- Musical score, “Ah! Ça ira” by Bécourt. In what may have been the first modern animal behavioral experiment, musicians played this tune for the elephants while scientists observed their reactions.
- Illustration of an elephant from Comte de Buffon’s Histoire Naturelle, Générale et Particulière. Buffon (1707-1788), head of the Royal Botanical Garden published a 36 volume natural history of humans, minerals, quadrupeds and birds that was comprehensive, authoritative and most beautifully illustrated. It became the point of departure for the scientists and amateur naturalists who followed him.
- Watercolor of a design for a giant elephant fountain that Napoleon proposed for the Place de la Bastille.
- A painting, “The Giraffe Passing Through Arnay-le-Duc” by J.R. Brascassat shows Zarafa and her entourage walking from Marseilles 800 kilometers across France from Marseilles to Paris.
- Ceramics, porcelains, bronze statues, a beadwork bag and a lady’s belt, all “à la giraffe” and part of her stardom, which created a commercial and cultural phenomenon.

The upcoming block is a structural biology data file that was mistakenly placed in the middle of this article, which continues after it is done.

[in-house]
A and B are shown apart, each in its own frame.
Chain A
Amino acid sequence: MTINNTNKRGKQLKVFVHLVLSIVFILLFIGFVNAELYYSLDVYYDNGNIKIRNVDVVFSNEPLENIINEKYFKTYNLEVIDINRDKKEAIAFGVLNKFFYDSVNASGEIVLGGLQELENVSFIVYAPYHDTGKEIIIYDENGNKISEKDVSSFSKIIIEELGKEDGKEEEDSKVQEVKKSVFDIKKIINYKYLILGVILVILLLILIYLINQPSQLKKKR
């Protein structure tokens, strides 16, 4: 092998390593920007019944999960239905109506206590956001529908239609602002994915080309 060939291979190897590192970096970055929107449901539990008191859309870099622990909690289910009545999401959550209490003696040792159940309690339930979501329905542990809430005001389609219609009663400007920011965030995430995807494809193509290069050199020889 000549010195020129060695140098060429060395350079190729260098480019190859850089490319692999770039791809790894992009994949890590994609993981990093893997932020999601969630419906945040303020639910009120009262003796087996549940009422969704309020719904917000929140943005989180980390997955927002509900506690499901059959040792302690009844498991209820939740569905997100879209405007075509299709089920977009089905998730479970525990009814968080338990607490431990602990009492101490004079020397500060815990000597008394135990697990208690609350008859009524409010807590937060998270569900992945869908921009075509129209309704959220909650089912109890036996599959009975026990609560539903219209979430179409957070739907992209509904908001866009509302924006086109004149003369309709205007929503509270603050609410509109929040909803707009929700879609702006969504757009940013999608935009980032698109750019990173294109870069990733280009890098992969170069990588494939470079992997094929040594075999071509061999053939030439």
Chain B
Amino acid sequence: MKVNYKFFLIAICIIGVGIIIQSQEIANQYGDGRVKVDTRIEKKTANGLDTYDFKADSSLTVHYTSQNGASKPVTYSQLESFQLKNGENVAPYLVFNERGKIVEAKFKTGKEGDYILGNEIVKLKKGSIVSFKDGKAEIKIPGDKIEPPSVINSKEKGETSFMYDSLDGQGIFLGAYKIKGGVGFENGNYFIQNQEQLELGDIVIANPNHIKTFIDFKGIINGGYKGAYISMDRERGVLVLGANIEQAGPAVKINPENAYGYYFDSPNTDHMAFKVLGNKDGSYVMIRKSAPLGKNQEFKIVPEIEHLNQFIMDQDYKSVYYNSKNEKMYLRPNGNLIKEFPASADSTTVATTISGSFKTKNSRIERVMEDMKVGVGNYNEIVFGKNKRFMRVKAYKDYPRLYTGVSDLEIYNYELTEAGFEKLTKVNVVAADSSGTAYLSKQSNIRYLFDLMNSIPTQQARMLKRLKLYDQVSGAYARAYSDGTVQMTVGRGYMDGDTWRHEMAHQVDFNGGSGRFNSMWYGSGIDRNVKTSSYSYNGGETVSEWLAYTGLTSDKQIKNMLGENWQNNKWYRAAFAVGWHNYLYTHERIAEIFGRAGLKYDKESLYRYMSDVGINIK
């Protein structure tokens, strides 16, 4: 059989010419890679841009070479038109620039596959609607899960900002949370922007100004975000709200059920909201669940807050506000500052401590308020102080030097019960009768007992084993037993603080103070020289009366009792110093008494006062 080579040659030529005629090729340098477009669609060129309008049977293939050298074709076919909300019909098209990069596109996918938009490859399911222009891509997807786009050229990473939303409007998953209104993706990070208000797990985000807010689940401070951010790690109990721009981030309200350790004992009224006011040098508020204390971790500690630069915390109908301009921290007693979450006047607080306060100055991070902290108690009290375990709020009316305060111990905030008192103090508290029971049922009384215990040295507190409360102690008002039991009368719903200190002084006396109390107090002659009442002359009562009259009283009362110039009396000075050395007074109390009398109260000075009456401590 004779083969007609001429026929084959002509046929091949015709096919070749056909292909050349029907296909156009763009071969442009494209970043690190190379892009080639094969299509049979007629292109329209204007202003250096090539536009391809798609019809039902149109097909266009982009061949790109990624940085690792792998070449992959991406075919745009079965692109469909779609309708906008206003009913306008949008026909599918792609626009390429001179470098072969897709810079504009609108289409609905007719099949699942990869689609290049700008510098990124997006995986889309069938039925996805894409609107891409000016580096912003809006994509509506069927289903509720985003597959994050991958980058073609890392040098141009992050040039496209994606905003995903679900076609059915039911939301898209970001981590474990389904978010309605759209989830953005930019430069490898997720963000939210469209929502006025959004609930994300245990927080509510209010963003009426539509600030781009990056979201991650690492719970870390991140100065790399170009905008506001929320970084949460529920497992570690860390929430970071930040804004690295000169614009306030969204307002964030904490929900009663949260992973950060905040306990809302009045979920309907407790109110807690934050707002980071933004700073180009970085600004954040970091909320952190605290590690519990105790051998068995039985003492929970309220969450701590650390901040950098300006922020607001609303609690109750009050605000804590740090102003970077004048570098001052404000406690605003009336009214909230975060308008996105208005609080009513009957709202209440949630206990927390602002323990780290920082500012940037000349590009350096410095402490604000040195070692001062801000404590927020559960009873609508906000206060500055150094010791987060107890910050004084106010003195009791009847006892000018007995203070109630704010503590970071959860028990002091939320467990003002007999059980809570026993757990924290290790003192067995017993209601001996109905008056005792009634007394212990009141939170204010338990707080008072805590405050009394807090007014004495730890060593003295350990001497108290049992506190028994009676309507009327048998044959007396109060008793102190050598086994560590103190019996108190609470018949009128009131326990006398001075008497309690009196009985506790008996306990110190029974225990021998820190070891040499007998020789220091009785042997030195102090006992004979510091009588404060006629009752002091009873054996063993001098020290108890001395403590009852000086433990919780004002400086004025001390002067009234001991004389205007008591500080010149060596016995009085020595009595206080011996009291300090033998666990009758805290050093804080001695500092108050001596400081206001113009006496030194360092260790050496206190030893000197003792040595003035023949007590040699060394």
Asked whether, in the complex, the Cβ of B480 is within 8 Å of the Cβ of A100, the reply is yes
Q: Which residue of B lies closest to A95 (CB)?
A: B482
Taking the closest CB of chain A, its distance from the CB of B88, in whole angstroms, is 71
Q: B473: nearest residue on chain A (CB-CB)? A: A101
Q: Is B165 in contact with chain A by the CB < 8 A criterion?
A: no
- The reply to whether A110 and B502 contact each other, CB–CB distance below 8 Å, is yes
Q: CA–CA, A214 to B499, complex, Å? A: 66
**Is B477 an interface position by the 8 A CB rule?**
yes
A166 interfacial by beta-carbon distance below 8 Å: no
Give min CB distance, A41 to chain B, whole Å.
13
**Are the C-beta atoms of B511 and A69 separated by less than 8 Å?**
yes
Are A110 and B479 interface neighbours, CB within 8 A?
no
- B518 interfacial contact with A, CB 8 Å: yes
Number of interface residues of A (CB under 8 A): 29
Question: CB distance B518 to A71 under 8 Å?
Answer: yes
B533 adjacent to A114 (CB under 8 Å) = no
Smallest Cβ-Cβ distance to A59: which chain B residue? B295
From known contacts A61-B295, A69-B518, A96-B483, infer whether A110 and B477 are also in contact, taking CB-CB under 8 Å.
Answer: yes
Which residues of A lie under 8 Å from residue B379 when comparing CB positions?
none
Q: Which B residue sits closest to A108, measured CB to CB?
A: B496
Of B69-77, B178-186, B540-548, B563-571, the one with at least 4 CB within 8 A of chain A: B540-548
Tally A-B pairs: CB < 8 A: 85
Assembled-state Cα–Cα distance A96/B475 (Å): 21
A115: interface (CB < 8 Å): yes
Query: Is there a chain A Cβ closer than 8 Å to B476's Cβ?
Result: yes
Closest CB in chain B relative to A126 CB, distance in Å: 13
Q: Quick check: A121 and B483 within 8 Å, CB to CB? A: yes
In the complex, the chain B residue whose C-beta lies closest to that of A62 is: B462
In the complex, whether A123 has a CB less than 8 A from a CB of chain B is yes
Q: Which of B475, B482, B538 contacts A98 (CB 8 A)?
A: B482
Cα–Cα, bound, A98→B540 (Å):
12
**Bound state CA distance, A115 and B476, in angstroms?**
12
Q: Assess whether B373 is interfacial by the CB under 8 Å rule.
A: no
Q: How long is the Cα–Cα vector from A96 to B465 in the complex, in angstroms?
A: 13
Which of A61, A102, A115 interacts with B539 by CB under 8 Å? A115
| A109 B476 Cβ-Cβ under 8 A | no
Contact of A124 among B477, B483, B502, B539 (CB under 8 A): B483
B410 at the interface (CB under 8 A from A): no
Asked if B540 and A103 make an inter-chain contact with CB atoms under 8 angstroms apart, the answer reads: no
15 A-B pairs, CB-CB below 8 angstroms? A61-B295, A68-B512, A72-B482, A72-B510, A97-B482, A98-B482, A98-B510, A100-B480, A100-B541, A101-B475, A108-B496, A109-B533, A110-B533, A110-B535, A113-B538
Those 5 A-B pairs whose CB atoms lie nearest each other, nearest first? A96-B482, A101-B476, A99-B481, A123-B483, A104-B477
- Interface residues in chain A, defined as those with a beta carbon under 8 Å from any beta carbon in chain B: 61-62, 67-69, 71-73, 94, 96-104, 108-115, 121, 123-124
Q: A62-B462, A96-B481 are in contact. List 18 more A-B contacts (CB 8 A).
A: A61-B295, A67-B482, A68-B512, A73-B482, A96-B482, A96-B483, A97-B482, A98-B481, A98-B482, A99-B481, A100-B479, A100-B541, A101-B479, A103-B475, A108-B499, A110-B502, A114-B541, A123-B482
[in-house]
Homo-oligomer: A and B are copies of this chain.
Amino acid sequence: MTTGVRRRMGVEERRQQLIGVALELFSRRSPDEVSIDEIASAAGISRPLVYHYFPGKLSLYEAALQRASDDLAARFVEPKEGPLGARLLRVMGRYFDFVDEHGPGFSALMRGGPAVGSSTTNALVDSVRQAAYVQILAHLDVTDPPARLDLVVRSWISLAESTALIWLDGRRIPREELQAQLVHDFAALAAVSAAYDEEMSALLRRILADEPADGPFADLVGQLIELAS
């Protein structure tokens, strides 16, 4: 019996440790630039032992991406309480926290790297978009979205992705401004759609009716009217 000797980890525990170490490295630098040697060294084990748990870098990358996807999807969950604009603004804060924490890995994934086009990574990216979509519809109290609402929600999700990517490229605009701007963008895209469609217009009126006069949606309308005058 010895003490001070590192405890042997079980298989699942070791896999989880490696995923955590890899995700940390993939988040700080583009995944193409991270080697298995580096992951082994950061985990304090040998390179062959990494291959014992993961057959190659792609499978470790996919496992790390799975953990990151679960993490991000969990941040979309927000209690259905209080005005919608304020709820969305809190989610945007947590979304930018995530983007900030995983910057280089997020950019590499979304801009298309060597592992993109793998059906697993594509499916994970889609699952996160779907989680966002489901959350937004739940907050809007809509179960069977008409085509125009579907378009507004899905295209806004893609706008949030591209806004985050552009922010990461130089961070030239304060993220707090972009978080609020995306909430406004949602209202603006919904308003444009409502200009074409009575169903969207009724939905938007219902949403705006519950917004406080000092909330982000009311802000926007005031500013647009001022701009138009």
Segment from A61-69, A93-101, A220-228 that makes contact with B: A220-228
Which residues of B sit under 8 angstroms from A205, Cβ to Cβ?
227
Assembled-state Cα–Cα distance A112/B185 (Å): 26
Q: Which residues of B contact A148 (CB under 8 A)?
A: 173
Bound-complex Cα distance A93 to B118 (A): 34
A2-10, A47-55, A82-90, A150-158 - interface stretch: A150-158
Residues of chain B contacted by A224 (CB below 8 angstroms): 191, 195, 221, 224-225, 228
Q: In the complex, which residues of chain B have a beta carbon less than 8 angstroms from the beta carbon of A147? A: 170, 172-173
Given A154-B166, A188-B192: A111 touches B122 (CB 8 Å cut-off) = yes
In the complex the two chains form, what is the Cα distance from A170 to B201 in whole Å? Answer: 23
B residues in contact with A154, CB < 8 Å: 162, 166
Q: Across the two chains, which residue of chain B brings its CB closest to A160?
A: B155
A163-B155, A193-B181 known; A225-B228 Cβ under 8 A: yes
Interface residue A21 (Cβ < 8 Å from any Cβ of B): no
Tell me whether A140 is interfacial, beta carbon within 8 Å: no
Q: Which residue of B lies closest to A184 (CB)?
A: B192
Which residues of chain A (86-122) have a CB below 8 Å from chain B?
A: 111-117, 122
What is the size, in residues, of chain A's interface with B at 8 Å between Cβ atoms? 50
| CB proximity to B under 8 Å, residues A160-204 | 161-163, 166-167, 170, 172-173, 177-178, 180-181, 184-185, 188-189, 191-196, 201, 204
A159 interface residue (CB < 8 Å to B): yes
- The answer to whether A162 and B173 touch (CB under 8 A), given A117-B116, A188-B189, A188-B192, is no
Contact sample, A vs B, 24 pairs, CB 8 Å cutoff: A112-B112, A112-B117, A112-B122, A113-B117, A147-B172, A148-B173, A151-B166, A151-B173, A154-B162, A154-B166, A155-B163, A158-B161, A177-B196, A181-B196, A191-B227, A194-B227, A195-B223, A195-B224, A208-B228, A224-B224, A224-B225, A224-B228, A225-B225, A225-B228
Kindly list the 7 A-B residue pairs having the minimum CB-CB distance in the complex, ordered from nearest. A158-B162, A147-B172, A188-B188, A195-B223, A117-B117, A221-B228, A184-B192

Of Elephants and Roses: Encounters with French Natural History
March 25-December 31, 2011.
American Philosophical Society Museum
104 S. Fifth Street/Philadelphia, PA 19106
(215) 440-3440 www.apsmuseum.org
Hours: Thursday – Sunday 10 am – 4 pm
$1 Donation requested
Digital Images Available Upon Request
The American Philosophical Society (APS) Museum When Benjamin Franklin decided, in 1743 to establish America’s first “learned society,” he called it the American Philosophical Society (APS) because he and his friends practiced the objective study of nature and called themselves natural philosophers. Now we’d call them scientists. But the word “philosophical” stuck.
In the first half-century of the republic APS served as a national library, museum, and academy of science. Today the APS Museum presents ambitious exhibitions that explore the intersections of history, science and art and that present the Society’s treasure trove of important documents, scientific specimens, maps, 300,000 books, 8 million manuscripts, art works and objects that trace American history from the Founding Fathers to the computer age in new and thought-provoking ways.
These and other digital images are available on request. Contact Elaine Wilner, (215) 525-4162 or email@example.com